Bayi’s and Alberto Juantorena’s records in the seventies were the last ones achieved in middle distance events without rabbits help.  We have not seen anymore since then either racers executing this kind of risky strategies.  Filbert Bayi exciting running style and his strokes of genius are still remembered and admired until today, with all sort of enthusiastic praises:  That guy ran like an absolute pimp. Jetting out to a 20m lead and then holding off all challenges over the last 150m. In a championship? Guy should be in the badass hall-of-fame.”(7)
    Sebastian Coe would finish up with these records in 1979 and would finish up with improvisation as well, thanks to methodical pacemaking, by the likes of Billy Konchellah, future 800 metres double world champion.  In that new era of middle distance running, led by the British stars, then by North Africans, every effort, in both training and competition, had to be measured and controlled in the search of the best possible individual performance.  Some ask, what could have got Bayi with rabbits? Perhaps not much, perhaps someone like him would have not felt all right, had someone else done the pacemaking.
Unfortunately, Filbert Bayi could never become an Olympic champion, and the eagerly awaited clash of the titans between him and the first man who produced 100 timings under 4 minutes in the mile never materialized. It was precisely John Walker’s country who provoked the Pan-African boycott to Montreal Olympic Games, playing rugby matches in South Africa in the worst moment of the apartheid. (8) Yet, the Walker had refused several times to run in that country and his relationship with Bayi was excellent.  Both had planned to go to compete to each other countries in the Olympic year but politics, the New Zealander’s Achilles tendon injury and the Tanzanian’s malaria made it impossible.  Anyway, they met in order to chat as good friends in the USA. (3)  In the summer, John Walker would easily become new Olympic champion, while the question about how well would have performed Bayi with his recent sickness will remain forever unanswered.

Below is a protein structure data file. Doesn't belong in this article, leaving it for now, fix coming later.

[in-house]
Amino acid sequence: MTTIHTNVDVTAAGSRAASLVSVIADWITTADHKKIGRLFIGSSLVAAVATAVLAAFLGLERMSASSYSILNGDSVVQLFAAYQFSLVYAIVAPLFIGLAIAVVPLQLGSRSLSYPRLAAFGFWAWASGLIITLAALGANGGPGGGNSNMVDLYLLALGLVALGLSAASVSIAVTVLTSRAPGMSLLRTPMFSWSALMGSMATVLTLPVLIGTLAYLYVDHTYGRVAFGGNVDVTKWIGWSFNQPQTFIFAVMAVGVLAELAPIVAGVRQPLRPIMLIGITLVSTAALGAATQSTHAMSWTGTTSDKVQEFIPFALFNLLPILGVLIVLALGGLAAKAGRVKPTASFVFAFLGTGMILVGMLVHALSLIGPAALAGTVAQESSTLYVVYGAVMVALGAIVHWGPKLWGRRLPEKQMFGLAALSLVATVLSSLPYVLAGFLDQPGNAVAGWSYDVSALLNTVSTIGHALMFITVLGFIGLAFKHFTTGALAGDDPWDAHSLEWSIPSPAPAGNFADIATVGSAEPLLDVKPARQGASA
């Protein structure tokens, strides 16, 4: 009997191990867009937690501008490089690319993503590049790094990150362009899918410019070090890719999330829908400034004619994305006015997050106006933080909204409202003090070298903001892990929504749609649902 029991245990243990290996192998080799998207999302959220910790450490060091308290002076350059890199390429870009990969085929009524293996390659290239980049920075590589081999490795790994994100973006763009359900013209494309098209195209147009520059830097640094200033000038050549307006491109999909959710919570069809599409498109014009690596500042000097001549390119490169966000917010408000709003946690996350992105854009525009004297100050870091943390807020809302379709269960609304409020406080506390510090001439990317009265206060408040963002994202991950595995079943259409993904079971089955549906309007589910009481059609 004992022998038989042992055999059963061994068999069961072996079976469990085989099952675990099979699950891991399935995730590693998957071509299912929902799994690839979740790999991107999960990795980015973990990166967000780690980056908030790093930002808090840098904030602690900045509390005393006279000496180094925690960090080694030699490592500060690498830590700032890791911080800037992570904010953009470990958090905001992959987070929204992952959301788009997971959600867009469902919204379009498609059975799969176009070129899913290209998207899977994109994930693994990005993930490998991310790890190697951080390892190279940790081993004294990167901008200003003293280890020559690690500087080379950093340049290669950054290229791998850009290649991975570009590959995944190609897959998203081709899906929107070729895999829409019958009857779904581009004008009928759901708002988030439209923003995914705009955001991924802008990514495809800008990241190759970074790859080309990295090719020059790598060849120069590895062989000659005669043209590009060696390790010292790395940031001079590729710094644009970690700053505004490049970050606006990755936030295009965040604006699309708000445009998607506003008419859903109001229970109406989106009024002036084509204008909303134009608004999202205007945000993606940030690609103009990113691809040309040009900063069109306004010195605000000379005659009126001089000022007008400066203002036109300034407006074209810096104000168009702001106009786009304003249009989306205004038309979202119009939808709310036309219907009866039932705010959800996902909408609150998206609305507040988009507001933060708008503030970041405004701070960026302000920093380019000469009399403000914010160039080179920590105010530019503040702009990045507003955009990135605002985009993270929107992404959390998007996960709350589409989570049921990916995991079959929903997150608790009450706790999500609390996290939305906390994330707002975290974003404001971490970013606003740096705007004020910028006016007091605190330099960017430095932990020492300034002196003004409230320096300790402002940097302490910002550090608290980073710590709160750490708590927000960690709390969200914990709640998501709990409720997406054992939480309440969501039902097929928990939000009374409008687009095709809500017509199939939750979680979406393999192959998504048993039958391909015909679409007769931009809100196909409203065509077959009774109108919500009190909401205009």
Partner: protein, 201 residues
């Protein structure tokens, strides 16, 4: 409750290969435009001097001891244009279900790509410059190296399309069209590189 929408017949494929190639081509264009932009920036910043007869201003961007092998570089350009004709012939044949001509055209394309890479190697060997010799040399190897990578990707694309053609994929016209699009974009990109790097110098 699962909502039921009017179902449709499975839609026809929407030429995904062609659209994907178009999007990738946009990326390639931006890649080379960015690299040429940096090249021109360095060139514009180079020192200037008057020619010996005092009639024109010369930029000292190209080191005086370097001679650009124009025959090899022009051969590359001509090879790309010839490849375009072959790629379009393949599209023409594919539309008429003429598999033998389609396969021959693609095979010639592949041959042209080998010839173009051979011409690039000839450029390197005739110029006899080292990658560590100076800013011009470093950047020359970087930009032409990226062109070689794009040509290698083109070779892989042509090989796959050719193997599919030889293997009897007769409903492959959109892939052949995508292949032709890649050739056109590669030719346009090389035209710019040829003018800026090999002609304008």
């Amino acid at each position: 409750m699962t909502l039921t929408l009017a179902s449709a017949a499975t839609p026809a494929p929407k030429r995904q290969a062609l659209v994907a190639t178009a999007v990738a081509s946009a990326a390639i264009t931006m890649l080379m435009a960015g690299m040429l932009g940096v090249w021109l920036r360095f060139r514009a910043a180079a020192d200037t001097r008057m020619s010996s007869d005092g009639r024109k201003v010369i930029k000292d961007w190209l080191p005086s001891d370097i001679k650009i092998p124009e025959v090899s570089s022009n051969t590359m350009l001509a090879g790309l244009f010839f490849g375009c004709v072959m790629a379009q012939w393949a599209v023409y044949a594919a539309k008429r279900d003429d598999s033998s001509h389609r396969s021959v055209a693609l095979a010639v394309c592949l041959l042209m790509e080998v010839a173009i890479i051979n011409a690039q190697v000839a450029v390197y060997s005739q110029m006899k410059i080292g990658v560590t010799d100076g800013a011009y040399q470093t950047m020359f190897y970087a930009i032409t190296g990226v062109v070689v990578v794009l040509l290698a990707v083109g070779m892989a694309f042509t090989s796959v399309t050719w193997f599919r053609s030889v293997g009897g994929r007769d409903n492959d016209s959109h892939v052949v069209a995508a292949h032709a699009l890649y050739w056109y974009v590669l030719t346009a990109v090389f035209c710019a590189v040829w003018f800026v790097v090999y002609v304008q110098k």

Filbert Bayi and Bronislaw Malinowski at the 1980 Steeplechase Olympic final
Photo: George Herringshaw, July 1980

Malaria plagued Bayi for the rest of his athletic career.  In 1978, the 1500 record holder defended his African title but was overtaken in the last metres by David Moorcroft in the Commonwealth final.  Bayi was not older than 27 for the 1980 Moscow Olympics but had lost some of his speed and explosiveness, so he decided to move to the 3000 steeplechase, which he had never worked seriously since his international debut in Munich. Bayi switched events but not strategy.  In the final, the Tanzanian great practiced his characteristical "catch-me-if-you-can", running ahead alone, well under world record schedule until 2000 meters.  Yet the experienced Bronislaw Malinowski, double European champion and silver medallist in Montreal, ran at his own pace, slowly closing the gap, until he overtook Bayi just before the last water jump.  The Polish accelerated unstoppable to the finish line and won the gold medal in an excellent 8:09.72. His rival finished exhausted, narrowly holding the second place, just ahead of Ethiopian Eshetu Tura. (9) Sadly, it was last Malinowski victory before his untimely death in a car accident one year later.   
After Moscow Olympic Games, Filbert Bayi kept running but without special relevance.  As his star was fading, so did Athletics in his country.  During the seventies and eighties, Tanzania had been one of the powerhouses of African distance running, only slightly inferior to Kenya and Ethiopia.  Bayi was its most celebrated athlete, but Suleiman Nyambui won a sensational second silver medal in Moscow at the 5000 metres and kept the world indoor record at that distance for 15 years, besides achieving two astounding victories at Berlin Marathon.  Gidamis Shahanga won back-to-back Commonwealth titles in Marathon and 10.000 metres and finished in a praiseworthy fiftth position in the latter distance at the inaugural 1983 World Championships, held in Helsinki, where Agapius Masong also got a fifth place in the Marathon.  Juma Ikangaa, arguably the best Tanzanian ever in that discipline, crossed the finish line sixth at Los Angeles and 7th at Seoul Olympic Games and triumphed in many classic marathons as Tokyo, Fukuoka, Beijing and New York.  
 Then, while Kenya and Ethiopia started to win everything, producing more and more world class runners and other African nations as Uganda and Eritrea started to rise, Tanzania inexplicably did not follow the same trend but the opposite.  In the last two decades just one-hit-wonders as John Yuda, Samson Ramadhani or Christopher Isengwe.  Moscow’s two silver medals remain the only ones won by Tanzania at the Olympic Games and talented runners like Filbert Bayi seem unlikely to appear again in this country.  Yet, you can only see athletes like Bayi once in a lifetime.

Lost and found: Filbert Bayi's epic race at the 3000m Steeplechase in Moscow Olympics. (Many thanks to Suso ("Kublai") for this video, which I was searching for so long)